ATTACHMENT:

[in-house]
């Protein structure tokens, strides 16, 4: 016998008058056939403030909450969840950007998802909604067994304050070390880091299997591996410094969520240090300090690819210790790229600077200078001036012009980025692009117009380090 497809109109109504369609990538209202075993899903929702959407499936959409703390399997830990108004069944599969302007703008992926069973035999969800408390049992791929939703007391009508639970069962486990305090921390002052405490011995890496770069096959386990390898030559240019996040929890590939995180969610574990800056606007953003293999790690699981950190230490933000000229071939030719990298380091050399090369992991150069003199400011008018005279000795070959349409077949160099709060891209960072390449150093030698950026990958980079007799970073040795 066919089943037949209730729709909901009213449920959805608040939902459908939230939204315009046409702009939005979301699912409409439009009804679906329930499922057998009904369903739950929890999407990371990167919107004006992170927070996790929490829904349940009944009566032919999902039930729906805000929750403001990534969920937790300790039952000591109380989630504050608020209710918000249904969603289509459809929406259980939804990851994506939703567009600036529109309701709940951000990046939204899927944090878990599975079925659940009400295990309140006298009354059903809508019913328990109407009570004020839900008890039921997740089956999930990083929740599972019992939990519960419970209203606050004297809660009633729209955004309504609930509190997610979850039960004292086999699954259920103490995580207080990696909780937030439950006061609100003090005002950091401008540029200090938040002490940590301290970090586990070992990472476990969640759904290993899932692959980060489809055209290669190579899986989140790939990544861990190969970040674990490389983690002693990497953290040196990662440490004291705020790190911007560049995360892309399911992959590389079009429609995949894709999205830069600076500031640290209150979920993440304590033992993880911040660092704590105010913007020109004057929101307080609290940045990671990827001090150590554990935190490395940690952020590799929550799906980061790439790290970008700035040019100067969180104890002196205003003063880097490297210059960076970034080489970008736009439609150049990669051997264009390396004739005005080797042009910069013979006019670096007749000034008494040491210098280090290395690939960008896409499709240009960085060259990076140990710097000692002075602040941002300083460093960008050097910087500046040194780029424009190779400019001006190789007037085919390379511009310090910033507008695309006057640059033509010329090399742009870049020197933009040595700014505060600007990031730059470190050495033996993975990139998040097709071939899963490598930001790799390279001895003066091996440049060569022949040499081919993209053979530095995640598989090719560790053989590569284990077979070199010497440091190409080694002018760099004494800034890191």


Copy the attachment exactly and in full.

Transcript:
[in-house]
């Protein structure tokens, strides 16, 4: 016998008058056939403030909450969840950007998802909604067994304050070390880091299997591996410094969520240090300090690819210790790229600077200078001036012009980025692009117009380090 497809109109109504369609990538209202075993899903929702959407499936959409703390399997830990108004069944599969302007703008992926069973035999969800408390049992791929939703007391009508639970069962486990305090921390002052405490011995890496770069096959386990390898030559240019996040929890590939995180969610574990800056606007953003293999790690699981950190230490933000000229071939030719990298380091050399090369992991150069003199400011008018005279000795070959349409077949160099709060891209960072390449150093030698950026990958980079007799970073040795 066919089943037949209730729709909901009213449920959805608040939902459908939230939204315009046409702009939005979301699912409409439009009804679906329930499922057998009904369903739950929890999407990371990167919107004006992170927070996790929490829904349940009944009566032919999902039930729906805000929750403001990534969920937790300790039952000591109380989630504050608020209710918000249904969603289509459809929406259980939804990851994506939703567009600036529109309701709940951000990046939204899927944090878990599975079925659940009400295990309140006298009354059903809508019913328990109407009570004020839900008890039921997740089956999930990083929740599972019992939990519960419970209203606050004297809660009633729209955004309504609930509190997610979850039960004292086999699954259920103490995580207080990696909780937030439950006061609100003090005002950091401008540029200090938040002490940590301290970090586990070992990472476990969640759904290993899932692959980060489809055209290669190579899986989140790939990544861990190969970040674990490389983690002693990497953290040196990662440490004291705020790190911007560049995360892309399911992959590389079009429609995949894709999205830069600076500031640290209150979920993440304590033992993880911040660092704590105010913007020109004057929101307080609290940045990671990827001090150590554990935190490395940690952020590799929550799906980061790439790290970008700035040019100067969180104890002196205003003063880097490297210059960076970034080489970008736009439609150049990669051997264009390396004739005005080797042009910069013979006019670096007749000034008494040491210098280090290395690939960008896409499709240009960085060259990076140990710097000692002075602040941002300083460093960008050097910087500046040194780029424009190779400019001006190789007037085919390379511009310090910033507008695309006057640059033509010329090399742009870049020197933009040595700014505060600007990031730059470190050495033996993975990139998040097709071939899963490598930001790799390279001895003066091996440049060569022949040499081919993209053979530095995640598989090719560790053989590569284990077979070199010497440091190409080694002018760099004494800034890191």